Kansas University's Center for Educational Testing and Evaluation has landed a five-year, $25 million contract to develop reading and math assessments for the state of Alaska.
The Alaska Department of Education and Early Development announced Monday that it would drop out of the multi-state Smarter Balanced Assessment Consortium, and issued a "notice of intent" to award the contract to KU. That means other vendors who bid on the project have 10 calendar days from the date of the notice to protest the decision before it becomes official.
"This is huge news for Kansas," said Marianne Perie, co-director of CETE.
The Kansas State Board of Education made a similar decision last month. Perie said adding the contract with Alaska will make the project more cost-effective for both states.
"With Kansas and Alaska, we can find efficiencies," she said. "We can build things for both states so each state spends only half as much as they would if they were doing it by themselves."
She said the decision by Alaska also helps position CETE as a more cost-effective, and politically safer, alternative to the two multi-state groups, which have become the target of criticism by some conservative activist groups opposed to the Common Core standards.
"Lots of vendors are positioning themselves to be that person," Perie said. "We're still a small enough shop, we couldn't take on 20 states. We're not there. We've been very selective about which proposals we even bid on. We want something we know is a reasonably sized state that we can work with, and that can be compatible with Kansas because Kansas is our home."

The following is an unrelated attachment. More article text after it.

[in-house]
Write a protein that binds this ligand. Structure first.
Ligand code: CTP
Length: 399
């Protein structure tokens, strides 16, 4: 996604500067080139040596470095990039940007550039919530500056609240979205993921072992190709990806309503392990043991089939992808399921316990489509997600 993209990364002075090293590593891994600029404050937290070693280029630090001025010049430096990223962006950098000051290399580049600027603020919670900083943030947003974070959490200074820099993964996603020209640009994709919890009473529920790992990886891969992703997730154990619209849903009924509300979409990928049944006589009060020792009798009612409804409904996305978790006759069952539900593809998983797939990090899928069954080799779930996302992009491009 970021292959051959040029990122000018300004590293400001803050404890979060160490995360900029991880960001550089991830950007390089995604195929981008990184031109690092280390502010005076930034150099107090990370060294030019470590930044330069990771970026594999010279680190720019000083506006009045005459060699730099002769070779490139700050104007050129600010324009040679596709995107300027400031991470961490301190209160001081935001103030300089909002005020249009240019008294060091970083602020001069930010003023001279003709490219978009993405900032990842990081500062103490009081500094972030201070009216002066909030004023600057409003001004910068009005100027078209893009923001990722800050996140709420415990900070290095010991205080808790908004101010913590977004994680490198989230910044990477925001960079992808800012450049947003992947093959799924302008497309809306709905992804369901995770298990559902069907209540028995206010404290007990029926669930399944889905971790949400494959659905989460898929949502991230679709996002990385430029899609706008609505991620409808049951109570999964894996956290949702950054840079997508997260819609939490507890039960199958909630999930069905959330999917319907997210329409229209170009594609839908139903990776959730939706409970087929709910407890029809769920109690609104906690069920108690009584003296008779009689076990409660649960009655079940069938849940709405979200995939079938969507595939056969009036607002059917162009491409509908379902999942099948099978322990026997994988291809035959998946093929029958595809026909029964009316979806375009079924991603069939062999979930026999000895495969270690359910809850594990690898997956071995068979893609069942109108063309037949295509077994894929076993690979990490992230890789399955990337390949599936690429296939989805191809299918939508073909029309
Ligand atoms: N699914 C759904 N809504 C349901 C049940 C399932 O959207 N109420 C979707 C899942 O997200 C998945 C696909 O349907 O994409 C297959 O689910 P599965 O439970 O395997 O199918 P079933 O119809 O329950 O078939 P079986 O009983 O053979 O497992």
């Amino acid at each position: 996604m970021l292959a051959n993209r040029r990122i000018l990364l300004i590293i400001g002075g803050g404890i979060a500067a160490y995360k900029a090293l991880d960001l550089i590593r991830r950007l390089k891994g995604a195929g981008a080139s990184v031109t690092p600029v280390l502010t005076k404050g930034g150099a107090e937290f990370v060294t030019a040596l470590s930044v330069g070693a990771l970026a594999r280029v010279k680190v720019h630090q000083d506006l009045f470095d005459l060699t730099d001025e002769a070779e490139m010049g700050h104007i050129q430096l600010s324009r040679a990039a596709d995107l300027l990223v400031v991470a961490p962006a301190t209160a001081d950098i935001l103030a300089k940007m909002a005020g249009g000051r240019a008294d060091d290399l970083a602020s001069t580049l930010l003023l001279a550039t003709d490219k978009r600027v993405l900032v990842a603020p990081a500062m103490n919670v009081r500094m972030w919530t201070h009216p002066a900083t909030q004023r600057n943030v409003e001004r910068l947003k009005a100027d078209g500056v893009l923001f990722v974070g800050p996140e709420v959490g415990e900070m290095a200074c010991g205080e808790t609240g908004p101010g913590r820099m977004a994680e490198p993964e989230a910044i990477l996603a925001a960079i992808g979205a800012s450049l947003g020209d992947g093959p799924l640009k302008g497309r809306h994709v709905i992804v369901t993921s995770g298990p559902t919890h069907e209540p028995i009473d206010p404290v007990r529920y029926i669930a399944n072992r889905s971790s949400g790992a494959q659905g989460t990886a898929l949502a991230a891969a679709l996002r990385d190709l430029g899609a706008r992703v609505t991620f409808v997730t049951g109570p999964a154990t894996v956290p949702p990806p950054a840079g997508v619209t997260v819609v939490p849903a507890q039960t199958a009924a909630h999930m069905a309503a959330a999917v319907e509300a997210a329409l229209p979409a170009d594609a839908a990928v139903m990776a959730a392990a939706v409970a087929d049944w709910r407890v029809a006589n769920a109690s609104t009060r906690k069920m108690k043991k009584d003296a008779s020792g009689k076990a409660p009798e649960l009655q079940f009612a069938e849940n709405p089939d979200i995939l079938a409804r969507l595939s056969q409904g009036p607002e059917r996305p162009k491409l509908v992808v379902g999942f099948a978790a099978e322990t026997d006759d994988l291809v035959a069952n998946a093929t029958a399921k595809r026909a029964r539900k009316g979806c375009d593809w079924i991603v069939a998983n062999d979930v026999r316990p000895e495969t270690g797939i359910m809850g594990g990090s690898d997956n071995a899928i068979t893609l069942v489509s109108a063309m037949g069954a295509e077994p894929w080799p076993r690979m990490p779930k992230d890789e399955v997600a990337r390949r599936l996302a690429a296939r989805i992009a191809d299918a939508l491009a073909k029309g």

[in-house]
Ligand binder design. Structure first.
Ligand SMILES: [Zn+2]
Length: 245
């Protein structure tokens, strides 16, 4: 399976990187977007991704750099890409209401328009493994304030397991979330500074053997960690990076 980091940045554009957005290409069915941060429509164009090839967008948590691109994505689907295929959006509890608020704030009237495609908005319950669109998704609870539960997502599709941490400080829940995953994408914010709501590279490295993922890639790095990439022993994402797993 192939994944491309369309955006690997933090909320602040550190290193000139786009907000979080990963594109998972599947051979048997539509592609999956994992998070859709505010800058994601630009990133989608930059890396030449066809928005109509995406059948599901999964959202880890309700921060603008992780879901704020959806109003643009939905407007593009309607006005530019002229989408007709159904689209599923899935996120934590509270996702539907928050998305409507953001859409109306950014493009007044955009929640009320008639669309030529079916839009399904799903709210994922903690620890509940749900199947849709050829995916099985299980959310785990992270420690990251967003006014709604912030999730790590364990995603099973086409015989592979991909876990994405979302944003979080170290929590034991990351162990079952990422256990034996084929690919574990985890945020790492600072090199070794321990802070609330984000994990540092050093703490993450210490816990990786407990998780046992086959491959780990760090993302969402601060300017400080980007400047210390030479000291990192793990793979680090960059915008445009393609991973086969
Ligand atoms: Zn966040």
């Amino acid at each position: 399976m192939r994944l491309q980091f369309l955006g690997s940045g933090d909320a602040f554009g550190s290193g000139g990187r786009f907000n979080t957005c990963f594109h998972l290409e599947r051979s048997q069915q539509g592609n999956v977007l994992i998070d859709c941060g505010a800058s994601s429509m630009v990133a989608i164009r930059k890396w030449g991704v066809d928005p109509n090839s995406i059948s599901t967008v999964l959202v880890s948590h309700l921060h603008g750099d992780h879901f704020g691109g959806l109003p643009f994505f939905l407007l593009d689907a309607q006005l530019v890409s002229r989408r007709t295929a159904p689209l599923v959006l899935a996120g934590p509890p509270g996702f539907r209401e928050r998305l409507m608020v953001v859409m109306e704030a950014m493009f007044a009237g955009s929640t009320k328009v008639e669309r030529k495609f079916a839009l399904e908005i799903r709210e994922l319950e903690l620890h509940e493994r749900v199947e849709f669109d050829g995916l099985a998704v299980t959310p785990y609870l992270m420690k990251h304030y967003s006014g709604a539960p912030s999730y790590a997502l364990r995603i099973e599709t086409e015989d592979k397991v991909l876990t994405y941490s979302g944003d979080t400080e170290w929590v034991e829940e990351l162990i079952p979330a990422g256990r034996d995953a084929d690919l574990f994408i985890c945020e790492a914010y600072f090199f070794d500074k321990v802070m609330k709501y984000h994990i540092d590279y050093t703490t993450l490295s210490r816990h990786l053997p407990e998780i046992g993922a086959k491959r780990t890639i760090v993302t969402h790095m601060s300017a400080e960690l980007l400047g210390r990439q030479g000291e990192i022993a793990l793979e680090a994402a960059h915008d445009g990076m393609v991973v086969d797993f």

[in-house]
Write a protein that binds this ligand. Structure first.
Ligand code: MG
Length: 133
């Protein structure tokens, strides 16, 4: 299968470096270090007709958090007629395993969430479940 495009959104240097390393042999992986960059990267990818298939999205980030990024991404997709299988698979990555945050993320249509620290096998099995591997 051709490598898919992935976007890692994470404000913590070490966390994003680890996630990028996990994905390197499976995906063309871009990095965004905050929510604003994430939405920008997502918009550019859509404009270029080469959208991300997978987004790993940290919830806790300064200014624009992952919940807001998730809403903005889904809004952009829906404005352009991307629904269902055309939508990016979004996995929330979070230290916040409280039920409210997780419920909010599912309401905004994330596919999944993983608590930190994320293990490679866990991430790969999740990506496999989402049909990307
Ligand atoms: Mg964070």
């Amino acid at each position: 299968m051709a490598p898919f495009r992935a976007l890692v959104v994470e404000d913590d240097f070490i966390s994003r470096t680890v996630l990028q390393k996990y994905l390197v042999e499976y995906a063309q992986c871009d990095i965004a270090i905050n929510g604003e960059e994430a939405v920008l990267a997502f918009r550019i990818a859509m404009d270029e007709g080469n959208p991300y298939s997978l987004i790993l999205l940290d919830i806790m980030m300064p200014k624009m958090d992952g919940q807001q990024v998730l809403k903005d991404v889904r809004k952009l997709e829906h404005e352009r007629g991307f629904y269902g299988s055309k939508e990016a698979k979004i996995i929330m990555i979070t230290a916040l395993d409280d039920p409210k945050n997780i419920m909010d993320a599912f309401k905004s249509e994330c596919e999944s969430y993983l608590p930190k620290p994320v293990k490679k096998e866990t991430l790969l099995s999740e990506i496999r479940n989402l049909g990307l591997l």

Perie said that while Alaska has not adopted the official Common Core standards, their standards are very similar to the Common Core, and so many of the same testing items can be used by both states.
"There are things like reading passages specific to Kansas — talking about the plains, talking about Wichita — that for Alaska would be about the water, or the animals there, or whatever," she said. "We need some contextual passages to test reading skills on. But the kinds of items we're asking are the same."
In Kansas, CETE is developing a "transitional" test aligned to the Common Core standards for reading and math. Students throughout the state will take those tests in the spring.
Starting in 2015, the center will launch a full-scale test that will go beyond the straight multiple-choice questions that have been used in the past, and instead use "technology-enhanced" testing items that require students to perform more complicated tasks and use higher-level thinking and problem-solving skills.